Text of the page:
Honda’s hoping the new Civic Si coupe and sedan will give fans of big horsepower in small packages something to savor.

The Si has a high-performance, high-torque 1.5-liter 4-cylinder engine, with direct injection and—for the first time—a turbocharger. This engine generates 205 horsepower, compared with the 180 hp of the current top-of-the-line Civic. The Si will come with a six-speed manual transmission.

The car “sets a new sporty compact benchmark in terms of agility and precise handling,” said Jeff Conrad, senior vice president of the automobile division at American Honda.

For the tuner crowd, the new Si adds a sportier design with a black “wing” front fascia and large side air intakes, along with 18-inch 10-spoke alloy wheels and low-profile tires. On the back, there’s a chrome polygonal exhaust pipe. This all leads up to the must-have race-car touch—a decklid spoiler.

To match up the drive to the flashy design touches, Honda shed weight and added body rigidity. The SI also gets a performance-weighted electric power-steering system, a sport-tuned suspension, and an adaptive damper system. With this technology in place, Honda was able to add a Sport mode for driving enthusiasts, enabling the car to adjust its suspension, damping, and steering and throttle response at the touch of a button.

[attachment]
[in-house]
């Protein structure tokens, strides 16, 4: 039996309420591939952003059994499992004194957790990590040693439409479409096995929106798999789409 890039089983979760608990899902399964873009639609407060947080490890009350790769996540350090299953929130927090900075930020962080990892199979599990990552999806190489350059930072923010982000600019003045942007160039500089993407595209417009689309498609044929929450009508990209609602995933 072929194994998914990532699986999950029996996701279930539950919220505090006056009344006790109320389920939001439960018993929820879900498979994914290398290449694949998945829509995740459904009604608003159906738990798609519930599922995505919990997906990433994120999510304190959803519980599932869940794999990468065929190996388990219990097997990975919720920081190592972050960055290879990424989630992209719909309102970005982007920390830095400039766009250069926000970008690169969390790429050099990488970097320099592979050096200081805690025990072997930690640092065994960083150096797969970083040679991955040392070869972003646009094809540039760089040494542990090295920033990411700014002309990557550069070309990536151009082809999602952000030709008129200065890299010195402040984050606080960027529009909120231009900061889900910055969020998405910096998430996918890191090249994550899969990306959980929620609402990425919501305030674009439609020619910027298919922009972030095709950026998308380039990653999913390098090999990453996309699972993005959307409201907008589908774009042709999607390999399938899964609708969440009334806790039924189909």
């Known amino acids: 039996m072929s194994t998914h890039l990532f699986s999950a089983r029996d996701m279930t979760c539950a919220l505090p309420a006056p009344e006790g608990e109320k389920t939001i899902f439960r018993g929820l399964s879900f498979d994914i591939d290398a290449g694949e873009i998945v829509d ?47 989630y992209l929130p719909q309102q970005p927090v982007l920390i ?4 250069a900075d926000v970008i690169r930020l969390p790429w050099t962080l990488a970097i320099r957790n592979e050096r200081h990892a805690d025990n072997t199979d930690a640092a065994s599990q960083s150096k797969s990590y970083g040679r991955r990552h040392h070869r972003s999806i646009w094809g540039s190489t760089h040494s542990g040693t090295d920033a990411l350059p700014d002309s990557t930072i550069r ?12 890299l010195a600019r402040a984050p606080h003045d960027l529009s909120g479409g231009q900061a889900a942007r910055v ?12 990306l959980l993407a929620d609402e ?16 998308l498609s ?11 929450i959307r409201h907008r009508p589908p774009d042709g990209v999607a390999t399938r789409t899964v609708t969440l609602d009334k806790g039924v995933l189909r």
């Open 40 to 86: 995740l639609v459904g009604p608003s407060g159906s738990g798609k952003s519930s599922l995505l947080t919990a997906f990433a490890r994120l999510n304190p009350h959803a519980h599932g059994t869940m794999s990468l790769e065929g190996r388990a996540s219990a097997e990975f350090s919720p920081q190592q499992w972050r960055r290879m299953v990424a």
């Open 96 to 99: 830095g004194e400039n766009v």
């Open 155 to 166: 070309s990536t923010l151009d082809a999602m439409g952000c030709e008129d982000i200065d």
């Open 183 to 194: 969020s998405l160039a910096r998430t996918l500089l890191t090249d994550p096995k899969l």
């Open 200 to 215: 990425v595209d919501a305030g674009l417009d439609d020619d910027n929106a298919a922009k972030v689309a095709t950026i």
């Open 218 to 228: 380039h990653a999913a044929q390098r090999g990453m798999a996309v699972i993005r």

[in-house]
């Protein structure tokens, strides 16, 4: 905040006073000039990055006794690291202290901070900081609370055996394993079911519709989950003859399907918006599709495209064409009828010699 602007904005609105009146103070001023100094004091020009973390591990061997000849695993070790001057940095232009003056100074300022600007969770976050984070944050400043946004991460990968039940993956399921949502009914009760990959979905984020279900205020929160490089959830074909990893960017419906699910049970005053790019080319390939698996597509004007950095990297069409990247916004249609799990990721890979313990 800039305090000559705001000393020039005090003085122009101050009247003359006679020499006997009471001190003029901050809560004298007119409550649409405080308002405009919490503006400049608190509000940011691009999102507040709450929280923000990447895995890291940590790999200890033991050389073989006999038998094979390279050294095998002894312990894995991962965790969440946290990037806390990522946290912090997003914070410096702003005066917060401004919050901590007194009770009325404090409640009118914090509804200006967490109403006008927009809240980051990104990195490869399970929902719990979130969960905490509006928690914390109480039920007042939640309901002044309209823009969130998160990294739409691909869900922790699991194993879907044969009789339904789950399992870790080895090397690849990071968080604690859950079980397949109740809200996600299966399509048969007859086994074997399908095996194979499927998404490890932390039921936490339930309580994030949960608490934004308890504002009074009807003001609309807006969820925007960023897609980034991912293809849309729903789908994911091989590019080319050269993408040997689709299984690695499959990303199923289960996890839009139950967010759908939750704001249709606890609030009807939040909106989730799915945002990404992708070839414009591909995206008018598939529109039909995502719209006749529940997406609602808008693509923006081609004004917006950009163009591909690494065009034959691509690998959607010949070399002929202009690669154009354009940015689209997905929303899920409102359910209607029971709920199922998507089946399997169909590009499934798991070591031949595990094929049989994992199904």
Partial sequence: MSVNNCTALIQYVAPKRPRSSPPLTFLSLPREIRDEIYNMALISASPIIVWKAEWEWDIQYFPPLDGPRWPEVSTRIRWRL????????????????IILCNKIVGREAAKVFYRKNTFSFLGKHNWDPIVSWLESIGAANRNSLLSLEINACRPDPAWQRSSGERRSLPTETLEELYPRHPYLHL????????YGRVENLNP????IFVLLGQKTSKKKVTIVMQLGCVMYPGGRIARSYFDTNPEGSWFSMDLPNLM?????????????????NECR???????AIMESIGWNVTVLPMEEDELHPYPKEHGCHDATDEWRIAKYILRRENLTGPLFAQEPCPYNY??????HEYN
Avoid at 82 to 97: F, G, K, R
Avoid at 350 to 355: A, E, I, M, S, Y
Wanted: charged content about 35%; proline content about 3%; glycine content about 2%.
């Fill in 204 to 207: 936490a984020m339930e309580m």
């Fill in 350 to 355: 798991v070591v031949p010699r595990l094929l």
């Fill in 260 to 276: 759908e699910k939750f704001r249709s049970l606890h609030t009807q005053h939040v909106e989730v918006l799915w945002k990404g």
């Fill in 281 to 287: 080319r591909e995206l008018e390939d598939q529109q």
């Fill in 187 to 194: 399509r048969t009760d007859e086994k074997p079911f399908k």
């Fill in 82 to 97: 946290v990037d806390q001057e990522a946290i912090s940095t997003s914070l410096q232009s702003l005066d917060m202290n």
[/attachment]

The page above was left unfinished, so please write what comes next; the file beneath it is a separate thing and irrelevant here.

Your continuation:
2017 Honda Civic Si

The car’s interior builds on the top-of-the-line Civic EX-T, including the touch-screen display that integrates Android Auto and Apple CarPlay, along with all of their apps. There are also luxuries like heated seats, rain-sensing windshield wipers, and doors that lock automatically when you walk away.

Honda is promising to start selling the Si in May with a sticker price in the mid-$20,000s.

In addition to the Civic Si, Honda is also preparing a more angular, even more powerful “race ready” Type R version. The car’s most prominent feature by far is the oversized rear spoiler, which towers over the rear window. Inside, the Type R features track-inspired red and black lightweight seats for better support during hard turns and a built-in display to show boost pressure, g-forces, and track times.

With both cars, Honda is fulfilling earlier promises to regain some enthusiasts, as teased on the show circuit the past year.

In our own track testing, we’ve found the base models of the Civic have good handling, with a sense of precision and control. The latest redesign has better road manners and more civility than the one it replaced. It has good fuel economy, too—31 mpg overall for the turbo and 32 mpg for the standard 2.0-liter engine.  

Read our complete Honda Civic road test.

2017 Honda Civic Si